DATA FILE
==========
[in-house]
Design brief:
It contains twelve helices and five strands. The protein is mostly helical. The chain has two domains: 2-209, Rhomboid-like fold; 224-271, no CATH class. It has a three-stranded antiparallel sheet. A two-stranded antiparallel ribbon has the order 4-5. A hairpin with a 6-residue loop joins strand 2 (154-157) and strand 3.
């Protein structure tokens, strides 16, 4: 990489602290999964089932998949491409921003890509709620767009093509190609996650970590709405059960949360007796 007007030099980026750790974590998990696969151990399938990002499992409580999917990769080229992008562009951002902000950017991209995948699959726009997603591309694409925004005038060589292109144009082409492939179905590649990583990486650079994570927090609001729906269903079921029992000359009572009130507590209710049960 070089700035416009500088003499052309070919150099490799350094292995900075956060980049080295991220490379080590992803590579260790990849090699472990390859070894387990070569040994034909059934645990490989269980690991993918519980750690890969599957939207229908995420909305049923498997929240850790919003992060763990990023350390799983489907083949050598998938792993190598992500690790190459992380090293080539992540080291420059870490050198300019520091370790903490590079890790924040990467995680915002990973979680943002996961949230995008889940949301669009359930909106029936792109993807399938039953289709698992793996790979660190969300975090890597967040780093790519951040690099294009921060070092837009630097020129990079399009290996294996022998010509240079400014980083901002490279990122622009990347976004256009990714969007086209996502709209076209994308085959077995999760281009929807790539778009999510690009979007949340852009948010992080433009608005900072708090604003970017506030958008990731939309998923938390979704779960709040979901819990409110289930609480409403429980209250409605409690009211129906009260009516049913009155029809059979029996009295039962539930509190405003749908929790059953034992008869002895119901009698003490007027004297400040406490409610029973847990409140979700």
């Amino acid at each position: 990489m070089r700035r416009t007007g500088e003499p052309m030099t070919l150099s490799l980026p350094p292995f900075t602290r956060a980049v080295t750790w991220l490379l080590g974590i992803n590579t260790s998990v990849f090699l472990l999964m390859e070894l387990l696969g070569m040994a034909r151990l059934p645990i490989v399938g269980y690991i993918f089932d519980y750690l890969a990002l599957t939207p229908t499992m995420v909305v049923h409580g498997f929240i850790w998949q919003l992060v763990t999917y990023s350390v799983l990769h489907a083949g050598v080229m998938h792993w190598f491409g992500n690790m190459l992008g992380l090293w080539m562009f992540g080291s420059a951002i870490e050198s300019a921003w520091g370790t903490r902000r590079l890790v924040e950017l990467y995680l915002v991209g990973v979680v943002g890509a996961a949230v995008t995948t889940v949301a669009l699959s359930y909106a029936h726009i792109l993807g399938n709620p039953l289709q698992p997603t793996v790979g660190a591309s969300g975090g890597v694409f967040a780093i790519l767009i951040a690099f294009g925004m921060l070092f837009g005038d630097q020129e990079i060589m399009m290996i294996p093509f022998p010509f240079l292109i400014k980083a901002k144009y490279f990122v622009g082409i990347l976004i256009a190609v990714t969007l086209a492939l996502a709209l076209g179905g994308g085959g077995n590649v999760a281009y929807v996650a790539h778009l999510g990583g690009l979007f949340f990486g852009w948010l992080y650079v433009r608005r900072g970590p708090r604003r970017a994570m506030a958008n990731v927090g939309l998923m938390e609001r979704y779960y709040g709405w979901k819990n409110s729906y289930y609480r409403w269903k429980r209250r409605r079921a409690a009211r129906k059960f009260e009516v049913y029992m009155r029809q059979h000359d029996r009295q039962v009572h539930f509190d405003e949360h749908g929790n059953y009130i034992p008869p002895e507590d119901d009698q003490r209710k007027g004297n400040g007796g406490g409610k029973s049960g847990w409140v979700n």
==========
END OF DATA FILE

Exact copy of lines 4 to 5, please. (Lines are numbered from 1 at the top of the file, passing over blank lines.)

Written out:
């Protein structure tokens, strides 16, 4: 990489602290999964089932998949491409921003890509709620767009093509190609996650970590709405059960949360007796 007007030099980026750790974590998990696969151990399938990002499992409580999917990769080229992008562009951002902000950017991209995948699959726009997603591309694409925004005038060589292109144009082409492939179905590649990583990486650079994570927090609001729906269903079921029992000359009572009130507590209710049960 070089700035416009500088003499052309070919150099490799350094292995900075956060980049080295991220490379080590992803590579260790990849090699472990390859070894387990070569040994034909059934645990490989269980690991993918519980750690890969599957939207229908995420909305049923498997929240850790919003992060763990990023350390799983489907083949050598998938792993190598992500690790190459992380090293080539992540080291420059870490050198300019520091370790903490590079890790924040990467995680915002990973979680943002996961949230995008889940949301669009359930909106029936792109993807399938039953289709698992793996790979660190969300975090890597967040780093790519951040690099294009921060070092837009630097020129990079399009290996294996022998010509240079400014980083901002490279990122622009990347976004256009990714969007086209996502709209076209994308085959077995999760281009929807790539778009999510690009979007949340852009948010992080433009608005900072708090604003970017506030958008990731939309998923938390979704779960709040979901819990409110289930609480409403429980209250409605409690009211129906009260009516049913009155029809059979029996009295039962539930509190405003749908929790059953034992008869002895119901009698003490007027004297400040406490409610029973847990409140979700």
């Amino acid at each position: 990489m070089r700035r416009t007007g500088e003499p052309m030099t070919l150099s490799l980026p350094p292995f900075t602290r956060a980049v080295t750790w991220l490379l080590g974590i992803n590579t260790s998990v990849f090699l472990l999964m390859e070894l387990l696969g070569m040994a034909r151990l059934p645990i490989v399938g269980y690991i993918f089932d519980y750690l890969a990002l599957t939207p229908t499992m995420v909305v049923h409580g498997f929240i850790w998949q919003l992060v763990t999917y990023s350390v799983l990769h489907a083949g050598v080229m998938h792993w190598f491409g992500n690790m190459l992008g992380l090293w080539m562009f992540g080291s420059a951002i870490e050198s300019a921003w520091g370790t903490r902000r590079l890790v924040e950017l990467y995680l915002v991209g990973v979680v943002g890509a996961a949230v995008t995948t889940v949301a669009l699959s359930y909106a029936h726009i792109l993807g399938n709620p039953l289709q698992p997603t793996v790979g660190a591309s969300g975090g890597v694409f967040a780093i790519l767009i951040a690099f294009g925004m921060l070092f837009g005038d630097q020129e990079i060589m399009m290996i294996p093509f022998p010509f240079l292109i400014k980083a901002k144009y490279f990122v622009g082409i990347l976004i256009a190609v990714t969007l086209a492939l996502a709209l076209g179905g994308g085959g077995n590649v999760a281009y929807v996650a790539h778009l999510g990583g690009l979007f949340f990486g852009w948010l992080y650079v433009r608005r900072g970590p708090r604003r970017a994570m506030a958008n990731v927090g939309l998923m938390e609001r979704y779960y709040g709405w979901k819990n409110s729906y289930y609480r409403w269903k429980r209250r409605r079921a409690a009211r129906k059960f009260e009516v049913y029992m009155r029809q059979h000359d029996r009295q039962v009572h539930f509190d405003e949360h749908g929790n059953y009130i034992p008869p002895e507590d119901d009698q003490r209710k007027g004297n400040g007796g406490g409610k029973s049960g847990w409140v979700n």